Ms. Grace expressed her astonishment upon discovering the artifact just a few inches beneath the ground.

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“When I found it, the jewel wasn’t far under the ground at all as the field had recently been ploughed,” she recounted.

The jewel, which remains in stunning condition, was sold at audio on April 26, 2019.

What was a hat pin?

A hat pin is a long, slender, pointed piece of metal used to secure a hat to the wearer’s head.

It typically consists of a decorative head on one end and a sharp point on the other.

Hat pins were commonly used in the past, particularly during the late 19th and early 20th centuries when hats, especially large and elaborate ones, were fashionable accessories for both men and women.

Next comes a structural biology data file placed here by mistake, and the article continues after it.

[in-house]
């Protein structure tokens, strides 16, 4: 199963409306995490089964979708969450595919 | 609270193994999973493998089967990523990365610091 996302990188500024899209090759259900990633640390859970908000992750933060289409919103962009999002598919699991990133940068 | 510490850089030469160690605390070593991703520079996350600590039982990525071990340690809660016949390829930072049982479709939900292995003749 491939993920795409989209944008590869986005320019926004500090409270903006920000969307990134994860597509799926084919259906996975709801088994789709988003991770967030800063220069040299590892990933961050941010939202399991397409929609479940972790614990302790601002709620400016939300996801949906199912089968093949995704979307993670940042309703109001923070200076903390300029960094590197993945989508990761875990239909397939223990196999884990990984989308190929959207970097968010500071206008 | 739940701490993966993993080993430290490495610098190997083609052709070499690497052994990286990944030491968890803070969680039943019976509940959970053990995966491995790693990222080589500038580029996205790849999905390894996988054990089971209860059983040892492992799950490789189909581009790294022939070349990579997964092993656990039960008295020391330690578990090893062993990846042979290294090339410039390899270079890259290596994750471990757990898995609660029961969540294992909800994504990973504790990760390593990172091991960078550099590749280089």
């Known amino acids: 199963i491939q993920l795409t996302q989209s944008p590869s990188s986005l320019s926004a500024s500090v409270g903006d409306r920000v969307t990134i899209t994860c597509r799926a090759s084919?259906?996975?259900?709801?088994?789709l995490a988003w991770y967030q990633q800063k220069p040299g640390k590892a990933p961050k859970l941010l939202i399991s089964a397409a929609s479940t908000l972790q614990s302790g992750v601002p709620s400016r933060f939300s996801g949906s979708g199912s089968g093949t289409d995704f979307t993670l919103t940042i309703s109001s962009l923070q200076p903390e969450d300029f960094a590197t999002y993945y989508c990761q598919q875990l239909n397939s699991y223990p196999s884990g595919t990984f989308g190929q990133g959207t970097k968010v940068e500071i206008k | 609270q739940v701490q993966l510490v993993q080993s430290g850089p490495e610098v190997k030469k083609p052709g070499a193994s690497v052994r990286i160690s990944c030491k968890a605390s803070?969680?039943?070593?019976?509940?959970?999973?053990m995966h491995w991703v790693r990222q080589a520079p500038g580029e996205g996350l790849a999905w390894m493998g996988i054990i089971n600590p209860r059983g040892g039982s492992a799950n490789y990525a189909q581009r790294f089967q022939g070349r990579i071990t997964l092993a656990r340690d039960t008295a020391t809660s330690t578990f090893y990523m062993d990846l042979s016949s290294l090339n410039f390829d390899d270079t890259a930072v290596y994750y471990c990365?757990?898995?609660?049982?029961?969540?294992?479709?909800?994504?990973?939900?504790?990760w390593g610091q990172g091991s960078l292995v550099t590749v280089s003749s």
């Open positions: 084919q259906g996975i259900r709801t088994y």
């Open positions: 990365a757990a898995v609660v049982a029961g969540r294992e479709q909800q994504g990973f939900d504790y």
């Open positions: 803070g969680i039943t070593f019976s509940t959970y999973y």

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The hat pin would be inserted through the fabric of the hat and then through the wearer’s hair or hatband to hold the hat securely in place.

They were especially important for securing large and heavy hats, such as wide-brimmed hats or hats adorned with feathers and other embellishments, which could easily be dislodged by wind or movement.

Hat pins often served as fashion accessories themselves, coming in various designs and materials to complement the style of the hat or the wearer’s outfit.

They could be simple and utilitarian or elaborate and ornate, featuring decorative elements like jewels, enameled designs, or carved motifs.

In addition to their practical function, hat pins were also symbolic of social status and fashion sense during the era when they were most popular.